From Green’s function of the graphene structure, we calculate the transmission function and the density of states as[17]

T(E)=Tr Γ ̂ L / R Ĝ R Γ ̂ R / L Ĝ A
N(E)= 1 π Tr Im Ĝ .

In Equation 6, GR/A are the retarded and advanced Green’s functions, respectively, and Γ ̂ L / R =i[ ̂ L / R R ̂ L / R A ]. We denote the trace of the matrix considered by “Tr”, which is extended over the whole matrix.

Results and discussion

We have obtained different properties of graphene structures with and without pentagonal defects, in order to evaluate the influence of the defect and the geometry on their electronic properties. For the closed structure, we have calculated the total density of states, which is shown in Figure2, for both the defect-free structure (dashed line) and with PD (continuous line). We see that the density for the structure with PD shows a shoulder near E=0, indicating the existence of additional edge states induced by the presence of the PD and the circular shape of the structure. The behaviour of the participation number confirmes these findings (see Figure3a for the ND and Figure3b for the PD structures). One can observe that PPD<PND, which suggests that the PD induces localized states beyond the known edge states in the structure with ND. In addition, near E=0, the structure of the participation number is slightly different in both structures. This shows that the nature and the number of the edge states are different, which can be seen in the local density function for this energy.

Figure 2
figure 2

Density of states for the closed structure. Total density of states for the structure with no defects (dashed line) and with a pentagonal defect (continuous line). Note the non-null density near zero as a manifestation of the edge defects.

Figure 3
figure 3

Participation number for the closed structure. Participation number P(E) of the available energy states for the structure with no defects (a) and with the pentagonal defect in the centre (b).

The edge states are localized so only few states contribute to a certain site; this is shown in Figure4 for the local density of states at E=0 and ρ(i,E=0) for both the ND (Figure4a) and PD (Figure4b). Clearly, these are edge states, and the PD structure shows contribution from two zones, compared to the ND structure with one. The effect of the PD on the density of states near E=0 is of geometrical nature; the whole structure is affected by the presence of the pentagon since it changes the relative orientation of the edge sites and induces the creation of edge states. This has to do mainly with the atom rearrangement in the lower part of the structure, which creates new edge states and, clearly, the PD sites do not have an explicit contribution to such sites. For larger values of E, in the local density of ρ(i,E=2.6), more sites contribute to that energy (see Figure5). Specifically, we see the contribution of sites around the PD as it can be seen in Figure5b, where a star shape appears. The rest of the sites contribute more or less similarly to the structure with ND (Figure5a).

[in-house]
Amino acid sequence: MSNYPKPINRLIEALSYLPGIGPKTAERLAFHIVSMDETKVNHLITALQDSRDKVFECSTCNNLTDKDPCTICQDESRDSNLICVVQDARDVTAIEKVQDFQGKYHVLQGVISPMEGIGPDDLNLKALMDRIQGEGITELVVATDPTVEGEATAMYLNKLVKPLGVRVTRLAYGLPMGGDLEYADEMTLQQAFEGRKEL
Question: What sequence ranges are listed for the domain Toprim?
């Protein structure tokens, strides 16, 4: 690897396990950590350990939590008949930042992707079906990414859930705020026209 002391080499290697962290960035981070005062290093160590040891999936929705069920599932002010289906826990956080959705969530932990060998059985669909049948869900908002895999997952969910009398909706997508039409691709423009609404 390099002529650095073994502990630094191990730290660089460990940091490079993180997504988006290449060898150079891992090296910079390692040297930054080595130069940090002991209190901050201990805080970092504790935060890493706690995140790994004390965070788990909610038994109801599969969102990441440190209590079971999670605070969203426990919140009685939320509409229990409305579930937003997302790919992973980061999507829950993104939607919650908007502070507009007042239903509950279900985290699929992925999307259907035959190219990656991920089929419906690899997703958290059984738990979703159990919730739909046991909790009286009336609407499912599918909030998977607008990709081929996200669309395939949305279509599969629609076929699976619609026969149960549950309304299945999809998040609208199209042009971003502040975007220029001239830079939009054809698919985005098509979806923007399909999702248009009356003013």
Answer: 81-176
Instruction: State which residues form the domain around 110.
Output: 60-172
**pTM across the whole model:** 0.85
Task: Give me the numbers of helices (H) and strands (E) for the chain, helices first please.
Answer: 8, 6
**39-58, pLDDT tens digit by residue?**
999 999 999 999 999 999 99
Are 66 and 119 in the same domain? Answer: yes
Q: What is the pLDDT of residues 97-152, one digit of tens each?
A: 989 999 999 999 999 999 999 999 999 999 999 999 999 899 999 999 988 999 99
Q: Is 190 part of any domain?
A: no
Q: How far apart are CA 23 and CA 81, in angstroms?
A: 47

Figure 4
figure 4

Local density of states for E = 0. Spatial distribution of the local density for ρ(i,E) for the energy E close to zero in (a) a structure with no defect and (b) one with the pentagonal defect in the centre. Due to single-bond atoms (see Figure1), the quantum dot is not fully symmetric around a central vertical axis.

Figure 5
figure 5

Local density of states for E = 2.6 eV. Same as Figure6 but for the energy E = 2.6 eV.

Figure 6
figure 6

Density of states for the open structure. Density of states for the graphene sheet with the pentagon at its centre (red line) and without it (black line). Note the displacement of the different peaks.

As the change in behaviour with the presence of PD is near zero energy (around the Fermi energy), we concentrate in the analysis of the transport properties around such energy. We have also checked our previous results in the open structure calculating the density of states (Figure6) and the transmission function (Figure7). The density of states shows several peaks associated with both the presence of quasi-bound states (due to the circular confinement and the defect) and localized edge states due to circular boundaries of the finite lattice. These results are clearly observed in the peak structure of the transmission function (Figure7), where we observe changes in the quasi-bound states available to transport and the creation of new peaks in the transmission function.

Figure 7
figure 7

Transmission function for the open structure. Transmission function with the pentagon at its centre (red line) and without it (black line). Note the additional peaks for the case with the defect.


We have investigated the electronic and transport properties of circular graphene layers with a pentagonal disclination. In particular, using a tight-binding model, we have calculated the density of states, transmission function, participation number and local density of states of the structure with and without defects. The density of states for the structure with the PD shows several peaks that are associated with new localized states, which have been checked by calculating the local density of states and the participation number. We observe changes in the available quasi-bound states due to the defect and new peaks of the transmission function. Comparing these results, we conclude that there are more quasi-bound states in the structure with the defect, states associated with both the presence of quasi-bound states related to the atoms belonging to the defect and others due to the circular confinement and edge states due to circular boundaries of the finite lattice and the defect.